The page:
IMPRESSIONS: Ellen Robbins/Dances by Very Young Choreographers

IMPRESSIONS: Ellen Robbins/Dances by Very Young Choreographers
Garnet Henderson/Follow @garnethenderson on Twitter

By Garnet Henderson/Follow @garnethenderson on Twitter
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Published on February 5, 2013

IMPRESSIONS: Ellen Robbins/ Dances by Very Young Choreographers

Dances of the Future


Choreographers and Performers:
Lucy Sydel, Isabella Soddu, Annabel Sexton-Daldry, Amelia Pinney, Cora Cadman, Claire Judice, Autumn Domingo, Morgana Cragnotti, Juliet Weis, Delia Cadman, Coco Watts, Bianca Berman, Lina Dahbour, Amelia Sanders, Deychen Volino-Gyetsa, Emma Lee, Maddy Draper, Ella Corn, Ginger Edmiston, Ephrozinia Martin, Aliza Myers, Silvie Schlein, Roxanne Wells

Saturday, January 26 at 2pm, Sunday, January 27 at 1pm and 4pm at New York Live Arts

Garnet Henderson for The Dance Enthusiast

It was with absolute delight that I watched Ellen Robbins and her students in Dances by Very Young Choreographers at New York Live Arts. Ellen Robbins is passing on invaluable gifts: the confidence to choreograph and the ability to infuse every movement with intention and vitality.

As a young dancer, I was lucky enough to have been encouraged to choreograph and was constantly exposed to different creative strategies and philosophies. I was taught that my creative vision was valid. Since then, I’ve learned, that many dance schools emphasize technique above all else, and their young dancers are often afraid to take the plunge into choreography simply because they think they don’t know how to do it.



A Former Student of Ellen Robbins in Action; Photo Ian Douglas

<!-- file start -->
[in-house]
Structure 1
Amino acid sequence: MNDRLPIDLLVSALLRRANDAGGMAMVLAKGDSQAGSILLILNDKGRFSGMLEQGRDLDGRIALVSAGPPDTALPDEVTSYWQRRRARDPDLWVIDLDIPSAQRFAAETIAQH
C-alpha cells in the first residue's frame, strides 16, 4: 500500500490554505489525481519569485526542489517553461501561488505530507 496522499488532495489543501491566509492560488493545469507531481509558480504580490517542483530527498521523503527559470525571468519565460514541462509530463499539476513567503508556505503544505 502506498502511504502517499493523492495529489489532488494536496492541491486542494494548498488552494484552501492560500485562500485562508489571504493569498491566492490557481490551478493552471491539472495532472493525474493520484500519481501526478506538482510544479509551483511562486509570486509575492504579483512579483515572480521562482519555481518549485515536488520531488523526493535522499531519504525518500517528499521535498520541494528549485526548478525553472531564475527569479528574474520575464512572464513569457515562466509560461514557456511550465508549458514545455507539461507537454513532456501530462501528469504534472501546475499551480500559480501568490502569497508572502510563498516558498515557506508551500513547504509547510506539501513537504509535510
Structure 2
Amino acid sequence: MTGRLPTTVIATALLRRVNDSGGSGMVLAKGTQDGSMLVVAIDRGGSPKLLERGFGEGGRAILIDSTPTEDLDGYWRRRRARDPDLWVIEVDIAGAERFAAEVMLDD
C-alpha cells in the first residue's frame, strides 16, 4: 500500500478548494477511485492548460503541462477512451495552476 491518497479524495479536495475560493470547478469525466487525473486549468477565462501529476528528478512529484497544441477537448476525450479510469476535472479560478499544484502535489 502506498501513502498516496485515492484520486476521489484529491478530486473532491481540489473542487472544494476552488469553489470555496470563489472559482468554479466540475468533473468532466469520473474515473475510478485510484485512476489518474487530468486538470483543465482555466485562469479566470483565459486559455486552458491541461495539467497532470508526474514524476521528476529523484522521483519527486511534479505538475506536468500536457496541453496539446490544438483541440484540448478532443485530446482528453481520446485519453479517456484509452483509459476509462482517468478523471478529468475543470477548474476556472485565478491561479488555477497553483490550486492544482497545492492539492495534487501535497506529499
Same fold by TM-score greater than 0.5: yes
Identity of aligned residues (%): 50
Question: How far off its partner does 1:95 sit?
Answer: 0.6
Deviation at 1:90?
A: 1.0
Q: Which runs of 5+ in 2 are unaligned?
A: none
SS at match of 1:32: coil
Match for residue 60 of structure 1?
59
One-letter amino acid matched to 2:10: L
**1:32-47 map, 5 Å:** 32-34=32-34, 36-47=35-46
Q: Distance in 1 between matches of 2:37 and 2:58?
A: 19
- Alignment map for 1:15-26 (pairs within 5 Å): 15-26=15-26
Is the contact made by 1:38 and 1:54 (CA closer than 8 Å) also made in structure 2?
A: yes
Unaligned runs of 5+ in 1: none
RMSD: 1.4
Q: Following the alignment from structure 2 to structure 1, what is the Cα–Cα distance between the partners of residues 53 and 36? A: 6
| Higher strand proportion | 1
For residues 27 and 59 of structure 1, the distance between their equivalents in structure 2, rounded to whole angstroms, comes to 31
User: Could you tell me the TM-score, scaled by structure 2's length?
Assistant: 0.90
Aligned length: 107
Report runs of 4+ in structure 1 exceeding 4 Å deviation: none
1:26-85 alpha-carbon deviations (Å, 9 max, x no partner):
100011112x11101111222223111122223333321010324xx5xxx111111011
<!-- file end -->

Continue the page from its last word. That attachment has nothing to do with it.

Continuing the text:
Ellen Robbins was the resident dance educator at Dance Theater Workshop (before it became New York Live Arts) for 34 years. She now offers technique and choreography classes at Studio Maestro in Manhattan, and continues to teach at New York Live Arts.

Her choreographers, who ranged in age from ages 8 to 18, were each sophisticated in their unique ways. Some used articulate, simple movements and gestures to convey meaning, while others stretched to the limits of their kinespheres.

A handmade title card was presented before each piece. The performers who announced these titles were all former students who had returned to help their teacher. In addition to the inclusion of former students, Robbins got the audience members involved in the performance. During intermission, she invited them up to the stage to create a collaborative dance. The group, mostly parents and children, depicted troubled ice skaters while dancing to music by Vladimir Ussachevsky.“Without real trouble, there’s no theater!” Robbins joked,encouraging the audience members to take risks.





One of Ellen Robbins former students ; Photo Lina Dahbour


I found myself very moved by the performances. Each piece displayed such clarity of vision and individuality. There were witty dances that ranged from slapstick comedy to subtle humor, and otherworldly pieces in which the dancers transported their audience to different times and places. Unitard-clad dances evoked a young, spry Merce Cunningham and meditative dances dazzled with simple intricacies.

Robbins has imparted an enviable confidence to her students, who at such young ages are capable and gifted performers. The perseverance required to see a choreographic idea to performance, and adapt throughout the process, is clearly no obstacle for these young artists. Whether they go on to pursue professional careers or not, they will no doubt carry with them an important lesson from Robbins’s teaching – the ability and the assuredness to express themselves in movement, and the adventurousness required to see a creative vision through.






One of Ellen Robbins former students ; Photo Lina Dahbour

In remarks before the performance, Robbins gave insight into her teaching philosophy, “I think art is part of smart, and that there should be less homework and more art.”

I couldn’t agree more.









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